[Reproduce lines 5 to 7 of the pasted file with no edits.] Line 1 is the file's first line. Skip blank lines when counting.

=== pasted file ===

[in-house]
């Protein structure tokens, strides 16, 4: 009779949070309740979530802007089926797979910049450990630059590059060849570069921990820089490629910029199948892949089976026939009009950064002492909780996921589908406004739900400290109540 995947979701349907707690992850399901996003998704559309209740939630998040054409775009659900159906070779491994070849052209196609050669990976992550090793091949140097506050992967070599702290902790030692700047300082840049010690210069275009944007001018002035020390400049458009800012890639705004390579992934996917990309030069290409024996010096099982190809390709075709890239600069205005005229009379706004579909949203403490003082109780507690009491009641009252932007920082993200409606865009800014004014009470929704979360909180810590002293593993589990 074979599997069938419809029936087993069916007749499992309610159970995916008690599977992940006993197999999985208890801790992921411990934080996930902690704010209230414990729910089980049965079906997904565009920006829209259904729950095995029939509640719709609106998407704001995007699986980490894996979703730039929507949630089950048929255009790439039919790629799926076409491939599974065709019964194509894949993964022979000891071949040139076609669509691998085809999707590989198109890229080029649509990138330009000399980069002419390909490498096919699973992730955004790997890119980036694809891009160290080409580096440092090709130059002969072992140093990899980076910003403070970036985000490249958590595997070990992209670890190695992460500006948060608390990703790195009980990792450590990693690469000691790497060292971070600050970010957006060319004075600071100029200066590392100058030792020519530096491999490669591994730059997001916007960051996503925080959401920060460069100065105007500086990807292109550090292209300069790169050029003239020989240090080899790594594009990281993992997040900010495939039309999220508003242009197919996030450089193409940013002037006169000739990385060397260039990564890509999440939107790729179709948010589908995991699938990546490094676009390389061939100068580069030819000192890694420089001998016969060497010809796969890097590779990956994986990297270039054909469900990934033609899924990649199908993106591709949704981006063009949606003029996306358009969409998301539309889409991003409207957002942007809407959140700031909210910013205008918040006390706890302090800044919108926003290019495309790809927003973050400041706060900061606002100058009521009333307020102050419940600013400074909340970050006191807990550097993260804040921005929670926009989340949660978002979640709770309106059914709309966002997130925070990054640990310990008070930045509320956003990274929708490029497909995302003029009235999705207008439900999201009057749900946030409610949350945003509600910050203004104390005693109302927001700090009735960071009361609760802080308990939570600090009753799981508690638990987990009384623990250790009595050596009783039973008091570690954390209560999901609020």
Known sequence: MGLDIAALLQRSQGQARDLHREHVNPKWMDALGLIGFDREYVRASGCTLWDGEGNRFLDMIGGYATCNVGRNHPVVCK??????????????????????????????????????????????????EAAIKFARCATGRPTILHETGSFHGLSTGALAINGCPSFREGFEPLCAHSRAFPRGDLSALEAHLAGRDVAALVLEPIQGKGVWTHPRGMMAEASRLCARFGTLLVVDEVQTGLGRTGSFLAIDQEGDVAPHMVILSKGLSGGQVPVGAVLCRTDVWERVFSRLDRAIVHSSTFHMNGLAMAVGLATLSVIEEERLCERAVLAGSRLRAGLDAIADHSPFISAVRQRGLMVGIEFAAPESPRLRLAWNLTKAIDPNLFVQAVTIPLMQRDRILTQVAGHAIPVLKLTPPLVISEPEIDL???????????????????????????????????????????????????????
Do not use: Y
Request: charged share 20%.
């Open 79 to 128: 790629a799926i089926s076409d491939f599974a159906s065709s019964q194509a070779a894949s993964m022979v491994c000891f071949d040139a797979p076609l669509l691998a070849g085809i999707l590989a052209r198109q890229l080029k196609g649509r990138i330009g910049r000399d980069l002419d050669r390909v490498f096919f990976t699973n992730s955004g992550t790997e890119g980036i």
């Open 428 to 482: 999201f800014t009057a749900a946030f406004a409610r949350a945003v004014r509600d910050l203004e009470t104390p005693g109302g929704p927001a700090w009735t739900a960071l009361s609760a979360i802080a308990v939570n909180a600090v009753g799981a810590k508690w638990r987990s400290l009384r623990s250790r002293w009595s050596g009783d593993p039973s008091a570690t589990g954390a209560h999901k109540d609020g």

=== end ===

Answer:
Request: charged share 20%.
């Open 79 to 128: 790629a799926i089926s076409d491939f599974a159906s065709s019964q194509a070779a894949s993964m022979v491994c000891f071949d040139a797979p076609l669509l691998a070849g085809i999707l590989a052209r198109q890229l080029k196609g649509r990138i330009g910049r000399d980069l002419d050669r390909v490498f096919f990976t699973n992730s955004g992550t790997e890119g980036i």
């Open 428 to 482: 999201f800014t009057a749900a946030f406004a409610r949350a945003v004014r509600d910050l203004e009470t104390p005693g109302g929704p927001a700090w009735t739900a960071l009361s609760a979360i802080a308990v939570n909180a600090v009753g799981a810590k508690w638990r987990s400290l009384r623990s250790r002293w009595s050596g009783d593993p039973s008091a570690t589990g954390a209560h999901k109540d609020g």